According to Qian Ganglian of China Renewable Energy Institute, at the end of 2016, the Hebei Fengning Pumped Storage Power Station (3,600MW) is the largest pumped storage power station under construction. The Guangdong Guangzhou Pumped Storage Power Station (2,400MW) and Guangdong Huizhou 1 Pumped Storage Power Station (2,400MW) respectively boast the largest installed capacity currently in operation. The station with the largest pump-turbine under construction is Guangdong Yangjiang Pumped Storage Power Station (400MW). The Zhejiang Xianju Pumped Storage Power Station (375MW) boasts the largest pump-turbine currently in operation. Zhejiang Changlongshan Pumped Storage Power Station has the highest head under construction with rated head of 710m, while the operational Shanxi Xilongchi Pumped Storage Power Station has a rated head of 624m).
While we vacillate over energy storage in Australia, China is surging ahead with construction of pumped hydro projects. Just counting pumped hydro projects under construction in 2016 their capacity exceeds the entire installed capacity of fossil fuel power stations in Australia. As at end of 2016 there are 26 pumped hydro installations under construction and amounting to a capacity of 32 GW. In Australia fossil fuel generators account for 32 GW made up of Coal 22 GW, OCGT 6 GW, CCGT 2 GW, and other Gas 2GW
China has embraced the need of storage in the network and clearly recognises the value of pumped hydro in a network with increasing penetration of renewable generation. The value proposition for pumped hydro is partly related to the long transmission lines from the wind and solar energy rich areas of the north west to the high demand areas of central and east china. In this respect the long transmission lines are reflective of Australia’s long thin network. Pumped hydro acts to flatten the peaky output of both wind and solar and make better use of, or postpone or eliminate transmission augmentation. In this way it can be considered a transmission asset rather than a generation asset and recognition of the value of this role will need some market adjustment in Australia.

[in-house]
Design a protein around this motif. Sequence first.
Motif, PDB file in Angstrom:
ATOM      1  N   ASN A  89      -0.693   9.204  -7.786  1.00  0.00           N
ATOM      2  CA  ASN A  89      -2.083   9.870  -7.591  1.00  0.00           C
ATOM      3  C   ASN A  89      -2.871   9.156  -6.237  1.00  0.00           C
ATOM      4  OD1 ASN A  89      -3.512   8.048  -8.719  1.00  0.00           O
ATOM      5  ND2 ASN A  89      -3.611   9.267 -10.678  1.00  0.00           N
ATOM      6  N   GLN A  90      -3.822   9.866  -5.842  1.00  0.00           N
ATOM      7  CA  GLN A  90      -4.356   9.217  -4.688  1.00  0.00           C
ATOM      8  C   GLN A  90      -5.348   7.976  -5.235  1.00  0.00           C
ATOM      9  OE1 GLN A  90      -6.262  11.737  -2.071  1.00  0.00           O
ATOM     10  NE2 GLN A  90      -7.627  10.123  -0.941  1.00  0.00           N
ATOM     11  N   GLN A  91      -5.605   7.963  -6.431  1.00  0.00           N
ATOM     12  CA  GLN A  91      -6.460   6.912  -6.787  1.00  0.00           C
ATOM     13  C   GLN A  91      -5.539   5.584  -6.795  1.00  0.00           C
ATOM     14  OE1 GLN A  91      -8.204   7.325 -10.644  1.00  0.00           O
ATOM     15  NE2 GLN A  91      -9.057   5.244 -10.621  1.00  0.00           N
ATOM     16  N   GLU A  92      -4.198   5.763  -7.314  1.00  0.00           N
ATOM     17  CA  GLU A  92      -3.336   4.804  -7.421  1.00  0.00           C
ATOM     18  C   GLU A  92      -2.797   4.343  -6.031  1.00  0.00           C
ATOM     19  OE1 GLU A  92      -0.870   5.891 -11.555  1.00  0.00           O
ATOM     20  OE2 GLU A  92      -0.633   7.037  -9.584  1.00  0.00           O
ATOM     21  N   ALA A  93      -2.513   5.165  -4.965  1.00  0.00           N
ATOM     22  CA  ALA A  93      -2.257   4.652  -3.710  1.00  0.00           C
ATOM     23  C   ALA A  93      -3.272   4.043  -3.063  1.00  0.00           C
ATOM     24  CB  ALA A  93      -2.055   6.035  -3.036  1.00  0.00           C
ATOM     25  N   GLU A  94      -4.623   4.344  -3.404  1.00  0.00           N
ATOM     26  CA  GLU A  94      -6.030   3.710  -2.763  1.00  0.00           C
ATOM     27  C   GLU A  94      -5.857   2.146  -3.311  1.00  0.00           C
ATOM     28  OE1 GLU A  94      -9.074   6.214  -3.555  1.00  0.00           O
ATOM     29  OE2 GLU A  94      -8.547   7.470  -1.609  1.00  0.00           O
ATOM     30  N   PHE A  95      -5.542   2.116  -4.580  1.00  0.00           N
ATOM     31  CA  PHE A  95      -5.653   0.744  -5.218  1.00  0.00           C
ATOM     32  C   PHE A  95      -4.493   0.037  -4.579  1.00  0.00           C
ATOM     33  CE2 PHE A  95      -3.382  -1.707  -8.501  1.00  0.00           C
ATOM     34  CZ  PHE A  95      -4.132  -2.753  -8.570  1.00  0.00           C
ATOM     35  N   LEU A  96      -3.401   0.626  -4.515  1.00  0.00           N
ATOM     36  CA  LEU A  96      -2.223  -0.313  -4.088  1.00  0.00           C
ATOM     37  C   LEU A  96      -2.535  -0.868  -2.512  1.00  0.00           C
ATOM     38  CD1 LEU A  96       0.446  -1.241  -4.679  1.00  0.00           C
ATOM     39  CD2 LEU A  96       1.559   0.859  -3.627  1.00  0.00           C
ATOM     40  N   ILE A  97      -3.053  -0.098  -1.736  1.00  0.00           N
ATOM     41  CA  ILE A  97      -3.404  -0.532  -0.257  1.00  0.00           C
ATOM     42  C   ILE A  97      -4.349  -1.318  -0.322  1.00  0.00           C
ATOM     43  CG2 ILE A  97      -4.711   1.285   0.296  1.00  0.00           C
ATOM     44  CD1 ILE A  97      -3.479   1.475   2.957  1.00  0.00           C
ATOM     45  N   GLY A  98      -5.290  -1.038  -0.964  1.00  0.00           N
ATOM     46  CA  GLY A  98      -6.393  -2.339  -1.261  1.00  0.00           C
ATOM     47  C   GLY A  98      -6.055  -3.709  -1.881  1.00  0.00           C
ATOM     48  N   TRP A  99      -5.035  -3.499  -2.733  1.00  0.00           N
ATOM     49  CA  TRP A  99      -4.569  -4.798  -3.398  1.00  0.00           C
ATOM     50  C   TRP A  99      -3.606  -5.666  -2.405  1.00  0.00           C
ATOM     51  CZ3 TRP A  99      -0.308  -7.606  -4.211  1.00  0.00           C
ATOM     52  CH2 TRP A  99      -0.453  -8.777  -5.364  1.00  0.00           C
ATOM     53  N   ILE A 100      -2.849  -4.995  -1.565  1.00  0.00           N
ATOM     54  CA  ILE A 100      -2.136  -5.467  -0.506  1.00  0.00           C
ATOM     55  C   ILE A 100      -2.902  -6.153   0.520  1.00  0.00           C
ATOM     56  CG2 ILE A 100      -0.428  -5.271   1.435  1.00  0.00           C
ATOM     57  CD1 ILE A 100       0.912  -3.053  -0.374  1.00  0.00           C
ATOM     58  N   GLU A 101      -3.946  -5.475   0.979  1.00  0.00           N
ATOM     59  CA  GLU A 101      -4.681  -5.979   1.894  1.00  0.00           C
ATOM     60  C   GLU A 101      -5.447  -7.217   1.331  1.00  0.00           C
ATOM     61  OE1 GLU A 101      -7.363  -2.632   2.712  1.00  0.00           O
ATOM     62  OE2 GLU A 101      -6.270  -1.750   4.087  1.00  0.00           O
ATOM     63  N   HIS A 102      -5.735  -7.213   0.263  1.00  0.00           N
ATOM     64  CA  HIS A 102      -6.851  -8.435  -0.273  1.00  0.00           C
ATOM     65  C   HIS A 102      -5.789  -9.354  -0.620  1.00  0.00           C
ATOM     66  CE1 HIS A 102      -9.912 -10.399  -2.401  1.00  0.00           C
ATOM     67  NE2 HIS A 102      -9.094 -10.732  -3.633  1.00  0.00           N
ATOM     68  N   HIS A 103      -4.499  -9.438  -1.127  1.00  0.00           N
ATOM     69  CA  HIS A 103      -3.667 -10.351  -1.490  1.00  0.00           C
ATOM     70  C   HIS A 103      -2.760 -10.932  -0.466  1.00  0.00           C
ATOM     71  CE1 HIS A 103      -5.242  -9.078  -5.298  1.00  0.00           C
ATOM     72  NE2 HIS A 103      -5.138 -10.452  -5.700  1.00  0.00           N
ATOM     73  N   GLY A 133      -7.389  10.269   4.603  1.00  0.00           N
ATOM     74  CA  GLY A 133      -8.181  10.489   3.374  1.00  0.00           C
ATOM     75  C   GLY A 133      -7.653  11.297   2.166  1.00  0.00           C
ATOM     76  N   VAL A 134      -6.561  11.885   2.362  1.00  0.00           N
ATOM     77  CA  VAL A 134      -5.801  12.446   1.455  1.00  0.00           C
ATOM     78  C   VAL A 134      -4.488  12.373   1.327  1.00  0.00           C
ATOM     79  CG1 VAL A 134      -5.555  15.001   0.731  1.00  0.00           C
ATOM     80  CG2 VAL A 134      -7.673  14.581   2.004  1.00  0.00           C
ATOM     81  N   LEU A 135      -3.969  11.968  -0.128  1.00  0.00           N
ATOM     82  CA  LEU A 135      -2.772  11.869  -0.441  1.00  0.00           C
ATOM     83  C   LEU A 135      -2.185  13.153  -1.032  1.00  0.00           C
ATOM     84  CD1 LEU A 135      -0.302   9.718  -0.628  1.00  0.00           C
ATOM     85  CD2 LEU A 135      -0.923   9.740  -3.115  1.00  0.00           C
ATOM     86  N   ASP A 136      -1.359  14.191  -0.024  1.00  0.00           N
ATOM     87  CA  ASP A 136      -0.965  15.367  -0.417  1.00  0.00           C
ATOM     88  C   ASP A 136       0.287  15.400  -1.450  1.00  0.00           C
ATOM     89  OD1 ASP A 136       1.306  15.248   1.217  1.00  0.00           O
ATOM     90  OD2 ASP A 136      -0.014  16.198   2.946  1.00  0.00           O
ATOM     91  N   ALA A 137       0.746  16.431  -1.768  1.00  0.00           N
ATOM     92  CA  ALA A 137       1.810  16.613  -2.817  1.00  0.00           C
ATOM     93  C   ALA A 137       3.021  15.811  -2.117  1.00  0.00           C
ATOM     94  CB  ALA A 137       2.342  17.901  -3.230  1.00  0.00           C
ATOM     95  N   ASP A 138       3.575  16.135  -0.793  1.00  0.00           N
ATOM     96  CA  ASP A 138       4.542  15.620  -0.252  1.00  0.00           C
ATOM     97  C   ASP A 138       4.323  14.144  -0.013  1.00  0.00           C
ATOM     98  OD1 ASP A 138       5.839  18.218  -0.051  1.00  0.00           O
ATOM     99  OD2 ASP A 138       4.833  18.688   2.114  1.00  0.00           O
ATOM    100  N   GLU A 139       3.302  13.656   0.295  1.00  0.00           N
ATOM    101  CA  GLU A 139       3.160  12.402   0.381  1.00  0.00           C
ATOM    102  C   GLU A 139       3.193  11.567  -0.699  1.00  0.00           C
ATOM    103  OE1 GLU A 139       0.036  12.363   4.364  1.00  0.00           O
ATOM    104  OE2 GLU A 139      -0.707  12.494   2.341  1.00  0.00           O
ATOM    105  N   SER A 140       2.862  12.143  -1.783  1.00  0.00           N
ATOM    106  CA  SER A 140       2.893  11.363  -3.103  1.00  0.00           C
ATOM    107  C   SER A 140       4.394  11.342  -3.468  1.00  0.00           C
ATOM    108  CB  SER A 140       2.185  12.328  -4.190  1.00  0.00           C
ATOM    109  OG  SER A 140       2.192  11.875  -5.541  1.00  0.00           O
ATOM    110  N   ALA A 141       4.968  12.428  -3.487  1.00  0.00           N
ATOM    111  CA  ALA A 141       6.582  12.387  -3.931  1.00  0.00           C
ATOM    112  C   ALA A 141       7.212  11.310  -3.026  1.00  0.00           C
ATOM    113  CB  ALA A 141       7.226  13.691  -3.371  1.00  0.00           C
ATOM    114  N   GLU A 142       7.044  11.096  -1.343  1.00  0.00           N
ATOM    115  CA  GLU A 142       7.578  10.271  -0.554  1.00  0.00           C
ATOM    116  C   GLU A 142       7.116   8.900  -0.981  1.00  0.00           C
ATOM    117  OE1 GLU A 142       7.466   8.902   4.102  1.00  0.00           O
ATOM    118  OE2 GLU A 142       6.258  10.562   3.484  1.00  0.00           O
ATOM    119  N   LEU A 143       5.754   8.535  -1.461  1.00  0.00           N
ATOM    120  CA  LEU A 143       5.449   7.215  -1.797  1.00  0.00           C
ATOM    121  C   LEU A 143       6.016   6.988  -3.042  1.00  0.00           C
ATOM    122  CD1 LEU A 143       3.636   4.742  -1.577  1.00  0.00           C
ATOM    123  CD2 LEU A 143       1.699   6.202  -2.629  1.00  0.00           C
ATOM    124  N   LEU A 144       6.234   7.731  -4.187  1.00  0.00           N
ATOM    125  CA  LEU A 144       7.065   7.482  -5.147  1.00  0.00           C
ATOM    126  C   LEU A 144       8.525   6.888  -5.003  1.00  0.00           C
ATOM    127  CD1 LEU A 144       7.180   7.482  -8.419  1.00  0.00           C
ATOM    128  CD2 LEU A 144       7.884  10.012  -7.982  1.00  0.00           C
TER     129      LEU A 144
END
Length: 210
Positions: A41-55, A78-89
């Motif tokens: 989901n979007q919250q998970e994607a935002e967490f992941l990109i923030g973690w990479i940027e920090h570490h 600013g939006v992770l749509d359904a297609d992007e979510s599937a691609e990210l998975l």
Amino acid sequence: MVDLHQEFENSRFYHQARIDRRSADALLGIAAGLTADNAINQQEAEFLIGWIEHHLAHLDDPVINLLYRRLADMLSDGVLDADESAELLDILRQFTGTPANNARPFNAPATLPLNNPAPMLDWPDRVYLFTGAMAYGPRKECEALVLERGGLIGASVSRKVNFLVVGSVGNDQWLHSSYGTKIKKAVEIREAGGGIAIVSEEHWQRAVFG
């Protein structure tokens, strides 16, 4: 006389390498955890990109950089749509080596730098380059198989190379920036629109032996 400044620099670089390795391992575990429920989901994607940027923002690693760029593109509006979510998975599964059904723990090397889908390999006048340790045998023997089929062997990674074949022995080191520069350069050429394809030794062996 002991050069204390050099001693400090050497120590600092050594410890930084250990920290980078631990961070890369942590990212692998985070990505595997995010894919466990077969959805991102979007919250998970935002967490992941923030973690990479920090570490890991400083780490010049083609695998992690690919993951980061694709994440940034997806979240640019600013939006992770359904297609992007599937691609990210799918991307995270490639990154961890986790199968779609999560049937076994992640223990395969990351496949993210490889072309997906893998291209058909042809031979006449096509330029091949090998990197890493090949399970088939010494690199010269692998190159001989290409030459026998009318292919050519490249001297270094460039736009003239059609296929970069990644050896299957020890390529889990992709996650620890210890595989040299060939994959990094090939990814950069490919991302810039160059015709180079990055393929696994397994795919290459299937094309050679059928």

Being a largely state owned electricity grid makes it easier to make decisions beneficial to the grid at large. Pumped hydro can reduce the overall cost of generation/transmission and in the past when our electricity generation and distribution were government owned, pumped hydro projects such as Tumut 3, Wivenhoe and Sholhaven were built. Yet in a market such as the NEM its not clear how it can reward pumped pumped hydro (or any storage) adequately as a commercial enterprise.
We see some progress now with the announcement of the Snowy Hydro 2 pumped hydro project and yet the feasibility study is being done by political decree and it will be interesting to see how the numbers stack up. AEMO proposed changes to the 5 minute rule for bidding and settlement may also help the numbers stack up.